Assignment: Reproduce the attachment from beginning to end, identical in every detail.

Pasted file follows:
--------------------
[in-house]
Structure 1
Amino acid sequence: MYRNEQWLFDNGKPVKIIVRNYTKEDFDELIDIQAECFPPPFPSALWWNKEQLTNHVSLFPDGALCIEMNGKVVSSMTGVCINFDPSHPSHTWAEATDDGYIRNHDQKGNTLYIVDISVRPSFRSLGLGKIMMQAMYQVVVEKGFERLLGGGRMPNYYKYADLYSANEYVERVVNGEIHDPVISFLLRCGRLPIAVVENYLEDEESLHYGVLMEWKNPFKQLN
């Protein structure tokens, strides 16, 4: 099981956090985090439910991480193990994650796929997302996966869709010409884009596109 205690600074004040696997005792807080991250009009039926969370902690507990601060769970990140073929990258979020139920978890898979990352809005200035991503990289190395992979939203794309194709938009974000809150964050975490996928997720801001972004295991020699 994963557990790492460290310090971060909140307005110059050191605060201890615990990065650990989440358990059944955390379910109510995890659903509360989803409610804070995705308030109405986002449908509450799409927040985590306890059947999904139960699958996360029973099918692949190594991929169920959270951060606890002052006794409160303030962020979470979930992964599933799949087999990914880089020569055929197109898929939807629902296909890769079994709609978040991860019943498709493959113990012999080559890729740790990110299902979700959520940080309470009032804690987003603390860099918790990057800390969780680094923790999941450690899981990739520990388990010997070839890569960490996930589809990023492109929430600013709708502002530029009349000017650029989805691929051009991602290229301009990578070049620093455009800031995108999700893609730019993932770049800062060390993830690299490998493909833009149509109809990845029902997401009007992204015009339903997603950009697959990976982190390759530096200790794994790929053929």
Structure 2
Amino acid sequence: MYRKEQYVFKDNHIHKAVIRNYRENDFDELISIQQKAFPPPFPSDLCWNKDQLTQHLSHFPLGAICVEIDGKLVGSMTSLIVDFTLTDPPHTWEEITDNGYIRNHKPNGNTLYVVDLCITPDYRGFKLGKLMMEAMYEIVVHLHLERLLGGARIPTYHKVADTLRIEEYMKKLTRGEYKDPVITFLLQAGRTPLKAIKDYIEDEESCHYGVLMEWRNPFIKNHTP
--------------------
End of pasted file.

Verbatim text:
[in-house]
Structure 1
Amino acid sequence: MYRNEQWLFDNGKPVKIIVRNYTKEDFDELIDIQAECFPPPFPSALWWNKEQLTNHVSLFPDGALCIEMNGKVVSSMTGVCINFDPSHPSHTWAEATDDGYIRNHDQKGNTLYIVDISVRPSFRSLGLGKIMMQAMYQVVVEKGFERLLGGGRMPNYYKYADLYSANEYVERVVNGEIHDPVISFLLRCGRLPIAVVENYLEDEESLHYGVLMEWKNPFKQLN
């Protein structure tokens, strides 16, 4: 099981956090985090439910991480193990994650796929997302996966869709010409884009596109 205690600074004040696997005792807080991250009009039926969370902690507990601060769970990140073929990258979020139920978890898979990352809005200035991503990289190395992979939203794309194709938009974000809150964050975490996928997720801001972004295991020699 994963557990790492460290310090971060909140307005110059050191605060201890615990990065650990989440358990059944955390379910109510995890659903509360989803409610804070995705308030109405986002449908509450799409927040985590306890059947999904139960699958996360029973099918692949190594991929169920959270951060606890002052006794409160303030962020979470979930992964599933799949087999990914880089020569055929197109898929939807629902296909890769079994709609978040991860019943498709493959113990012999080559890729740790990110299902979700959520940080309470009032804690987003603390860099918790990057800390969780680094923790999941450690899981990739520990388990010997070839890569960490996930589809990023492109929430600013709708502002530029009349000017650029989805691929051009991602290229301009990578070049620093455009800031995108999700893609730019993932770049800062060390993830690299490998493909833009149509109809990845029902997401009007992204015009339903997603950009697959990976982190390759530096200790794994790929053929």
Structure 2
Amino acid sequence: MYRKEQYVFKDNHIHKAVIRNYRENDFDELISIQQKAFPPPFPSDLCWNKDQLTQHLSHFPLGAICVEIDGKLVGSMTSLIVDFTLTDPPHTWEEITDNGYIRNHKPNGNTLYVVDLCITPDYRGFKLGKLMMEAMYEIVVHLHLERLLGGARIPTYHKVADTLRIEEYMKKLTRGEYKDPVITFLLQAGRTPLKAIKDYIEDEESCHYGVLMEWRNPFIKNHTP